Knowing How to Protect Yourself With A Prenuptial Agreement: What Prenuptial Agreements Cannot Do

A prenuptial agreement can serve as a great tool in protecting yourself, your loved ones and your assets.  However, even if you and your fiancée agree, you cannot create a contract in certain circumstances. Your prenuptial agreement cannot:

Determine custody of current or future children. The court will always look to the best interests of the children, and will not uphold any provision regarding custody.

Change child support below the guidelines. While there are certain circumstances where the court may modify child support to below the guidelines, this is typically only done after a hearing on the issue.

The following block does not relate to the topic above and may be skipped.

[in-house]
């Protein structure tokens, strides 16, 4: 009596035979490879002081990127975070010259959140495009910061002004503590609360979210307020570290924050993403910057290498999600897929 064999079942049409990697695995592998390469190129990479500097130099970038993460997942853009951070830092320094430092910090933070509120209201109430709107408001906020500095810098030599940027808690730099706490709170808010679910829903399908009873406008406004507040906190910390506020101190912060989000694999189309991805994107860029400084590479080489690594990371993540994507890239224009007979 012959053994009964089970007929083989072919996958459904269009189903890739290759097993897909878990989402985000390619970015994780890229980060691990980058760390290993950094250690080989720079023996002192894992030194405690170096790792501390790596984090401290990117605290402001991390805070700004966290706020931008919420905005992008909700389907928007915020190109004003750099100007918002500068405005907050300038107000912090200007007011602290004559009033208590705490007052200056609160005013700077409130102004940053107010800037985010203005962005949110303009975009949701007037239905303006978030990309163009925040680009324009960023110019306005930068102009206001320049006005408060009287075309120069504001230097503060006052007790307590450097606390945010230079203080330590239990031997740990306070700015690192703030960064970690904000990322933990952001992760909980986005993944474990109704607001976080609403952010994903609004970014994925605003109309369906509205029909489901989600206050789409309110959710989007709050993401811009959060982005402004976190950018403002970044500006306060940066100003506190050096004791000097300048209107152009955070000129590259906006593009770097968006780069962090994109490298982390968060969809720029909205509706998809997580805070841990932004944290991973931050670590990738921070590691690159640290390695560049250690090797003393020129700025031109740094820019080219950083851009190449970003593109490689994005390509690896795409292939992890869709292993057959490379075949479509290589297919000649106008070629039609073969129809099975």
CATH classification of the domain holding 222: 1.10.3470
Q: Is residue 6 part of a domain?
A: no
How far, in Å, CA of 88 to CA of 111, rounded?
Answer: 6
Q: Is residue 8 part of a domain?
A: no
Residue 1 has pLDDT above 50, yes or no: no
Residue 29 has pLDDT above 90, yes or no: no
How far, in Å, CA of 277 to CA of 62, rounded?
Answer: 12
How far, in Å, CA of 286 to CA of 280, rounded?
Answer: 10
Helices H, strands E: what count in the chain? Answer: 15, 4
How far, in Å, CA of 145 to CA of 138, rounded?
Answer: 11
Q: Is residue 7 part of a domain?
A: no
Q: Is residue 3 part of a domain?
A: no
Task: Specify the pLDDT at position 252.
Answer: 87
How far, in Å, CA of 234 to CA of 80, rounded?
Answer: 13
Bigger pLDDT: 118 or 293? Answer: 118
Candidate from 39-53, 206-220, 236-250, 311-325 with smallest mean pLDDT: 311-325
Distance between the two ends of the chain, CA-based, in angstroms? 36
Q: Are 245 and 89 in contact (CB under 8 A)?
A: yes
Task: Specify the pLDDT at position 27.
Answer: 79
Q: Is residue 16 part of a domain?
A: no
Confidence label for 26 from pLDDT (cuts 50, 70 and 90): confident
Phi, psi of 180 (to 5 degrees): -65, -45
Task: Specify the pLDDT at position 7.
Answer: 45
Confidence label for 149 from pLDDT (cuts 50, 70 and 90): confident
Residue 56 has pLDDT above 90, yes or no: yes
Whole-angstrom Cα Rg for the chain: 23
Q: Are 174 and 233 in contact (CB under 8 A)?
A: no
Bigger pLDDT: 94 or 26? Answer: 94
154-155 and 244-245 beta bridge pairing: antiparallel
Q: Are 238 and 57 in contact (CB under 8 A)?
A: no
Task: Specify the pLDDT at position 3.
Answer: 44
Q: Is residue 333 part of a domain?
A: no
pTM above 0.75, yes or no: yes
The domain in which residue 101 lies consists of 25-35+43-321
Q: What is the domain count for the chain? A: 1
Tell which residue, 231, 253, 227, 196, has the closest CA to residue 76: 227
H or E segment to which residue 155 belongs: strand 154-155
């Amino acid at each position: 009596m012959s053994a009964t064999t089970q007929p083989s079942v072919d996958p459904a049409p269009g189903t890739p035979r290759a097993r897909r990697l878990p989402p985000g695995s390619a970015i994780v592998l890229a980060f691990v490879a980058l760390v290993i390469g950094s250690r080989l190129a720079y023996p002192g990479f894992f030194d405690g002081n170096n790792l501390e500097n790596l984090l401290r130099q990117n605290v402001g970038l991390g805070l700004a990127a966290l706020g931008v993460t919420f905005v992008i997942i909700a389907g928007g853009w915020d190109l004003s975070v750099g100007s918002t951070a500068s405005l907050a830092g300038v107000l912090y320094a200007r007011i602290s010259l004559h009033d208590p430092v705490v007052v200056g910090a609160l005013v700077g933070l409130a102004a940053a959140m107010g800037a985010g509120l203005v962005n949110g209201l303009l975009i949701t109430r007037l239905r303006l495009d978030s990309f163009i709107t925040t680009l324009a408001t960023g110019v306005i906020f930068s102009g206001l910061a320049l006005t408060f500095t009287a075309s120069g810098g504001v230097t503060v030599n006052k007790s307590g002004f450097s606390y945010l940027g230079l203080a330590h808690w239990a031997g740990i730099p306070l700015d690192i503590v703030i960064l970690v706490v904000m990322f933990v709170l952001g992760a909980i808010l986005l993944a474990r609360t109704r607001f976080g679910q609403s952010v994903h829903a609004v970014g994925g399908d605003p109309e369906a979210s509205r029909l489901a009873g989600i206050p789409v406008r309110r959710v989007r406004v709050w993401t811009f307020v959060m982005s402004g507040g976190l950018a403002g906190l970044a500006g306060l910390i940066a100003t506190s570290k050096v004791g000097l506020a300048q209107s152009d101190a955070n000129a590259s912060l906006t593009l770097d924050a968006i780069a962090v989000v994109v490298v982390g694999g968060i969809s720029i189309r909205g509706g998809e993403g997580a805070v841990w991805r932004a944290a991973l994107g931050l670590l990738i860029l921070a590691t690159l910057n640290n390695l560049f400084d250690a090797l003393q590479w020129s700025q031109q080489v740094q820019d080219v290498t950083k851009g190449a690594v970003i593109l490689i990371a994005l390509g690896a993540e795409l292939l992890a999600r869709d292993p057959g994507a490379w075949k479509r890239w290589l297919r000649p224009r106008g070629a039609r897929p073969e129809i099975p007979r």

Protect you from maintenance (formerly known as alimony) in all circumstances.  While prenuptial agreements have generally been held to be valid as to maintenance provisions, the court will likely not enforce maintenance provisions if your spouse is disabled or would be destitute or homeless due to divorce.

To learn more about prenuptial agreements, please see our blog, “The Five Do’s and Don’ts of Prenuptial Agreement.”

For an even more extensive and thorough analysis of your situation, contact an experience family and matrimonial law attorney.

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